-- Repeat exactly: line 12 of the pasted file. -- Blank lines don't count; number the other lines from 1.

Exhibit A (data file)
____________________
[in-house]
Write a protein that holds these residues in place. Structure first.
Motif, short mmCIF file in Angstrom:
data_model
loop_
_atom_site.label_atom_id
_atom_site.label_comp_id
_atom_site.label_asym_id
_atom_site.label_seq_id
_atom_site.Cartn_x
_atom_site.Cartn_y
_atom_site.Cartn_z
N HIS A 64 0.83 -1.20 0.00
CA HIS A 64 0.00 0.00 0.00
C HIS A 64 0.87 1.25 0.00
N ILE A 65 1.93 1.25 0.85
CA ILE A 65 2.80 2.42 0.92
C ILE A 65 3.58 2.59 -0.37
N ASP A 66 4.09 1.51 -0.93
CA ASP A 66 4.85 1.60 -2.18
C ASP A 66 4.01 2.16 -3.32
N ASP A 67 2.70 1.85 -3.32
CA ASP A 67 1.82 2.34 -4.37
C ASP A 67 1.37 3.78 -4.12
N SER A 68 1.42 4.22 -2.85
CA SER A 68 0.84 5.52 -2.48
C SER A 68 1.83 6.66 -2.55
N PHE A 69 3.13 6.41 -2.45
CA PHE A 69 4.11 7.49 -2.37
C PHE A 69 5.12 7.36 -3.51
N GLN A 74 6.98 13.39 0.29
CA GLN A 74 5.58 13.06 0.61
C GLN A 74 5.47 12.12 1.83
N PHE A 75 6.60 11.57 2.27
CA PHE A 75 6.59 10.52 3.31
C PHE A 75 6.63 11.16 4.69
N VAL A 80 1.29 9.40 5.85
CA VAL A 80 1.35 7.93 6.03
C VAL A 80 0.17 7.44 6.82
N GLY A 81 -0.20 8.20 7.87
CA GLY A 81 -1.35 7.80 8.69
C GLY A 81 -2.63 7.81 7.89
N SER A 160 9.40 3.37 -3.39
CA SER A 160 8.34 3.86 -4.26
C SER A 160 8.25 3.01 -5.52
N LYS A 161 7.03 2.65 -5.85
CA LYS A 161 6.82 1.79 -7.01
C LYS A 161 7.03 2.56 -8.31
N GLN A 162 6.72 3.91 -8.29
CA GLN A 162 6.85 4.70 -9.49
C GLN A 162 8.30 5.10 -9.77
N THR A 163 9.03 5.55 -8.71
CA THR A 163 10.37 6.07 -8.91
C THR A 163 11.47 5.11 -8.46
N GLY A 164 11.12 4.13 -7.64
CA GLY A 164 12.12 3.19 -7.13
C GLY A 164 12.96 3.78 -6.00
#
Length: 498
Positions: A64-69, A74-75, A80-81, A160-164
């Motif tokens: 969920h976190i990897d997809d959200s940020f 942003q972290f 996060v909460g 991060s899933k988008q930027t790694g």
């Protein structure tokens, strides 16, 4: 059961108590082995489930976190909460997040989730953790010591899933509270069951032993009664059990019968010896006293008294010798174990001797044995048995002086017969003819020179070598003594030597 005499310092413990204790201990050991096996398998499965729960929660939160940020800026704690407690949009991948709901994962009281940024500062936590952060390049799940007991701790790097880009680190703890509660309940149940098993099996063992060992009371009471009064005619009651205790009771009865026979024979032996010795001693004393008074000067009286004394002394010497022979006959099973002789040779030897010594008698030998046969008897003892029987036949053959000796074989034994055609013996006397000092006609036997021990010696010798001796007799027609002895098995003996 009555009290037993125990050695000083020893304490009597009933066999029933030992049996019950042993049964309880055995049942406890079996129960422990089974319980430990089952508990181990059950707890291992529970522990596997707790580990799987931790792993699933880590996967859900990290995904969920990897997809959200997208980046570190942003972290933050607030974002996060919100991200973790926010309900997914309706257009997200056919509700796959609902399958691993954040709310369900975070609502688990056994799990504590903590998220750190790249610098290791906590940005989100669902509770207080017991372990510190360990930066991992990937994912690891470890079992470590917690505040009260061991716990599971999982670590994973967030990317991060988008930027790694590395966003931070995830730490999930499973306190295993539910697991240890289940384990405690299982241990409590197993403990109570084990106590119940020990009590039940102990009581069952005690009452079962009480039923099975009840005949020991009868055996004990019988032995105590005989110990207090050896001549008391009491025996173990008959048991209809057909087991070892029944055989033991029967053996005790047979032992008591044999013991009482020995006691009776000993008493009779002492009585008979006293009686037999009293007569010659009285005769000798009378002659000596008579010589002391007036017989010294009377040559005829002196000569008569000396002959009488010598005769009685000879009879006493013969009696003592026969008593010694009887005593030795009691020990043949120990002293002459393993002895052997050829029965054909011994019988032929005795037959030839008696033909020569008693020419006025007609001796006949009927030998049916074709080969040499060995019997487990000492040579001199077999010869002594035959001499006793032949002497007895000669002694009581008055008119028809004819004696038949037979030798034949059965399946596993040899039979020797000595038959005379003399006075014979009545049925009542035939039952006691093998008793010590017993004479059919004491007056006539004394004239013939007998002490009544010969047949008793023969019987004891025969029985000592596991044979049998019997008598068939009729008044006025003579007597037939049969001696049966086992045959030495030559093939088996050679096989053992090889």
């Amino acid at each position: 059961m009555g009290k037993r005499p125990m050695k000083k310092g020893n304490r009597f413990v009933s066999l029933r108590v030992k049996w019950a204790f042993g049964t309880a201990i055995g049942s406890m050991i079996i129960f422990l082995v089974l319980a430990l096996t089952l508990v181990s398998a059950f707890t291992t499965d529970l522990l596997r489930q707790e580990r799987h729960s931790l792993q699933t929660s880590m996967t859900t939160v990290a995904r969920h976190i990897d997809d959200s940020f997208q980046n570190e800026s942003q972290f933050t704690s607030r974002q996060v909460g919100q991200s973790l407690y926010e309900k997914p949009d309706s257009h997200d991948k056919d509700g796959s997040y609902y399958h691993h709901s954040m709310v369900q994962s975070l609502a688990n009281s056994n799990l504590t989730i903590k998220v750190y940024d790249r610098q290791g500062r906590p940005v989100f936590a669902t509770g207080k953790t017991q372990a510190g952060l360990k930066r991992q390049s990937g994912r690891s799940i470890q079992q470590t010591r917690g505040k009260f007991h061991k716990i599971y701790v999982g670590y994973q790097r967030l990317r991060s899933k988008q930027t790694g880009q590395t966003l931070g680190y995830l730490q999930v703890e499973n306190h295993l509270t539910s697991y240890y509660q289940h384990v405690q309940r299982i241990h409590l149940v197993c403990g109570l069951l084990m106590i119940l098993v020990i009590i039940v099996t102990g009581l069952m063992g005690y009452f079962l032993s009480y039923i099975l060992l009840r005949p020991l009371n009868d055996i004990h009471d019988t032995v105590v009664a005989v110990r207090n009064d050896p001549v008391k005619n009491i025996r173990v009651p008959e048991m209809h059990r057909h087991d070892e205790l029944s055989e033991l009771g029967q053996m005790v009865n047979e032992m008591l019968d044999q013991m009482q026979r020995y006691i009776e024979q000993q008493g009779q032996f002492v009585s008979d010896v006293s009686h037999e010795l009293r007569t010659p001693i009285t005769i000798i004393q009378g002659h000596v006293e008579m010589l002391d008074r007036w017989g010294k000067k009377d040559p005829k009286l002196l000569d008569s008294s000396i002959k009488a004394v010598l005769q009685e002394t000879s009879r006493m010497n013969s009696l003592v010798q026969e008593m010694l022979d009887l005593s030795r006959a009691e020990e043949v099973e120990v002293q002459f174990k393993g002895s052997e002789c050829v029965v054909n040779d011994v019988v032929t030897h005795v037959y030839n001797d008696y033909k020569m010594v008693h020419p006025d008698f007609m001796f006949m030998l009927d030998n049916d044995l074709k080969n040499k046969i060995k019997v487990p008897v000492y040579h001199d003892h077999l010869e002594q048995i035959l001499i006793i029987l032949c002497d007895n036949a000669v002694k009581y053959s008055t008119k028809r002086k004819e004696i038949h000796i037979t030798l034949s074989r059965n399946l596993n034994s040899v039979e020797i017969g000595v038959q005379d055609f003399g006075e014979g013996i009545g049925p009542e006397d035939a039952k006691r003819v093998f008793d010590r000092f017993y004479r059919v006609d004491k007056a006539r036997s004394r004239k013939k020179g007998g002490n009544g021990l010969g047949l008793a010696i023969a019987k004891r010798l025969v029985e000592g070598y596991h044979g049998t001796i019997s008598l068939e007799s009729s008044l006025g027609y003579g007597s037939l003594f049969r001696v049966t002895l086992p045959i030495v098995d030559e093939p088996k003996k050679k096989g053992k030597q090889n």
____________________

_atom_site.Cartn_z